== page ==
BAGHDAD – As Washington warns of a drawn-out fight against the Islamic State group and the Obama administration looks to send more American troops to help Iraq in the war against the extremists, Baghdad has offered its top war room as a model for a future joint U.S.-Iraqi command headquarters.
Since August, when the U.S.-led airstrikes began, 12 American advisory teams have been based in Iraq, stationed in operations centers in Baghdad and Irbil, the capital of the northern autonomous Kurdish region.
This week, an American advisory mission visited Iraq's western Anbar province to survey the al-Asad air base, formerly the largest coalition base in western Iraq, as the Americans search for potential training locations.
All the while, the Baghdad Operations Command, a war room that is the very nerve center in the battle against the Islamic State group, has become the joint command headquarters for American and Iraqi commanders, Iraqi officers said during a recent tour of the premises by The Associated Press.
It has already proven critical for Iraqi military victories against the Islamic State militants such as the liberation of the town of Beiji, from where Iraqi troops drove out the extremists on Friday.
Once inside the military facility in the heart of Baghdad, which entails passing through several checkpoints and weaving around towering blast walls, the place looks more like a botanical gardens than a military command post, complete with peacocks roaming the grounds and caged exotic birds.
Inside the nerve center, video monitors show surveillance of the four major roads leading in and out of Baghdad — including highways to Fallujah and Mosul, the Sunni militant group's two biggest strongholds. Men in uniform are on the phone with commanders on the front-lines, getting live data from the fight, including casualties, advances, and reinforcement and ammunition requirements.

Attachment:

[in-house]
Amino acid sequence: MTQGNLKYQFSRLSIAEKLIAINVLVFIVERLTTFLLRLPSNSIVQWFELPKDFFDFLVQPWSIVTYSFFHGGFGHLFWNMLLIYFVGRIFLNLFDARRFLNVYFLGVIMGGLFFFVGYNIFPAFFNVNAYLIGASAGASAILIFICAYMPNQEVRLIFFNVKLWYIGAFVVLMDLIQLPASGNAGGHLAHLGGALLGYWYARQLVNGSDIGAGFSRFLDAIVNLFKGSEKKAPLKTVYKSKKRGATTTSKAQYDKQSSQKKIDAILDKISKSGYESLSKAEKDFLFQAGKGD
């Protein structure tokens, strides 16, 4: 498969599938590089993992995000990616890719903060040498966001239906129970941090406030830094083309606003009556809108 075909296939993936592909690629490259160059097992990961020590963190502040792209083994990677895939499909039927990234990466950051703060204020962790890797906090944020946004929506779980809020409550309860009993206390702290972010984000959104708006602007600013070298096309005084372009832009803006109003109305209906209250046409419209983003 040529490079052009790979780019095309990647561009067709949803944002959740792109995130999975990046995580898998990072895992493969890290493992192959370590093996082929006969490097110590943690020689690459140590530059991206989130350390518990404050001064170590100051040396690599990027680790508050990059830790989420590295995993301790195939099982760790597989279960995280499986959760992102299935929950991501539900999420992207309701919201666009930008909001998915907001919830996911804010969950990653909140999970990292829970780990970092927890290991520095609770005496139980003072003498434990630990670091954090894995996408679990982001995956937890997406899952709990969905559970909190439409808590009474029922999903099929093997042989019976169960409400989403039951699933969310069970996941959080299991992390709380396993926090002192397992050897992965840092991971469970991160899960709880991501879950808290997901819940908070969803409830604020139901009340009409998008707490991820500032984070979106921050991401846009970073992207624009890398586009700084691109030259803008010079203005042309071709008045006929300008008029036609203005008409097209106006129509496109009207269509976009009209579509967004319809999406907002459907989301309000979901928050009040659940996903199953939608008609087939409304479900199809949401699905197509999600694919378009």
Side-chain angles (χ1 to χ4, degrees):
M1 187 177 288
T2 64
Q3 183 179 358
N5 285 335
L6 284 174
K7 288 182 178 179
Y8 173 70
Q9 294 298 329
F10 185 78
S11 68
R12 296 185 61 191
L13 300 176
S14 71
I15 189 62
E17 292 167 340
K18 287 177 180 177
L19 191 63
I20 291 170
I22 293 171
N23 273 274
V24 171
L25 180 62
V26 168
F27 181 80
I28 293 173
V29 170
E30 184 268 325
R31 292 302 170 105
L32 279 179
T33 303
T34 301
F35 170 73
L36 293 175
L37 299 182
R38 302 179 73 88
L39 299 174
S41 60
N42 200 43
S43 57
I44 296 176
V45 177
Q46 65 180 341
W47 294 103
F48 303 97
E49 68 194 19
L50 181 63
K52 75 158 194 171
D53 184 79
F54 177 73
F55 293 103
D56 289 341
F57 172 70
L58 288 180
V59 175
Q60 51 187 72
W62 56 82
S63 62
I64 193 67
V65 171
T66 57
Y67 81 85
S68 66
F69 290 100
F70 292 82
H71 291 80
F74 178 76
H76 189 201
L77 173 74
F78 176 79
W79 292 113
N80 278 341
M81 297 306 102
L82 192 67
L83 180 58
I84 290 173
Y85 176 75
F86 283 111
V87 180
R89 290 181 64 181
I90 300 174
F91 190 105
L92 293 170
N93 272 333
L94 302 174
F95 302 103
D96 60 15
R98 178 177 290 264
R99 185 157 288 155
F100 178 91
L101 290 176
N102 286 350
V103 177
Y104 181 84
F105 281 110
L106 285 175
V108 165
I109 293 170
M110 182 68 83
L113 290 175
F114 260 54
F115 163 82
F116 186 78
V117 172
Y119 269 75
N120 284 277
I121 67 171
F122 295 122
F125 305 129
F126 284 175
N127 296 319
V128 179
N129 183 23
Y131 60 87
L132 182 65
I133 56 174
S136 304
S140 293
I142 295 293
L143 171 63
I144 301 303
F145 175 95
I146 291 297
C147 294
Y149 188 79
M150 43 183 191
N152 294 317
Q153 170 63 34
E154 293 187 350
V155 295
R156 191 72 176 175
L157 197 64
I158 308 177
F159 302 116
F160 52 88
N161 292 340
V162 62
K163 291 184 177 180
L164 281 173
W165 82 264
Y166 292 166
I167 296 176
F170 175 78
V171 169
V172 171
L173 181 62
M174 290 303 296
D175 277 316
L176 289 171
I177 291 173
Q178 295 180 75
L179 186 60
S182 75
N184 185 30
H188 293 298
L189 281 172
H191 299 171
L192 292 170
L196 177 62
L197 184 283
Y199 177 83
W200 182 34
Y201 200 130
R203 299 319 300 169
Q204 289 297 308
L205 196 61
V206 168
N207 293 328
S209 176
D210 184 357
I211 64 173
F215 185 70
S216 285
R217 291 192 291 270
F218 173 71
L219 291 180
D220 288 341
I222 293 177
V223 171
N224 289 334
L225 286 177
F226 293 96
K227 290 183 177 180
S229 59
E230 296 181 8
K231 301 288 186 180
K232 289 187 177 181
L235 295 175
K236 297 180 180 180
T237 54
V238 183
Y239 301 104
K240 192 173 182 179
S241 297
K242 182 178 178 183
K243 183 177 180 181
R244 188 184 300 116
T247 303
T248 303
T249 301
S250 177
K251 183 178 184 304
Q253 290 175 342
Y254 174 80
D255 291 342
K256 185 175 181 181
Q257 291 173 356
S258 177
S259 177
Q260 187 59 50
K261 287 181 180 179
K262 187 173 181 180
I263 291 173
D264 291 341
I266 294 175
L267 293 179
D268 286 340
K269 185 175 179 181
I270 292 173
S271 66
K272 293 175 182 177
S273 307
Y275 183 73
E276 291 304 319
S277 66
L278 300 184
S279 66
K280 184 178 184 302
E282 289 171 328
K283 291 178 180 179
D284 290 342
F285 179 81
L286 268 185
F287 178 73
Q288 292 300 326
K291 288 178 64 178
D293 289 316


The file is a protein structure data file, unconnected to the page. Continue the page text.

"We have (U.S.) advisers working with us here in Baghdad and they are heavily involved in our daily planning," said Gen. Abdul Amir al-Shammari, Baghdad Operations Commander. "We're also pursuing more opportunities with them for training, and to develop on training skills our forces had already acquired."
American advisers, in plain clothes, were visible on the premises but declined to comment. The Americans collect the data from Iraqi commanders and incorporate it into U.S.-led coalition's plans for precise airstrikes. Advisers from Great Britain and France, two countries involved in the coalition aerial campaign, drop by for regular meetings.
Similar command centers exist in all of Iraq's 19 provinces. The Baghdad Operations Command, opened in 2007, has served as a hub for all military communications, and formerly served as a coordinating center between Iraqi forces and U.S. troops before they withdrew from Iraq at the end of 2011.
Recently, efforts to retake strategic locations, including the Mosul Dam in northern Iraq, and more recently, the town of Jurf al-Sukhar, south of Baghdad, were coordinated almost entirely from the command centers in Irbil and Baghdad.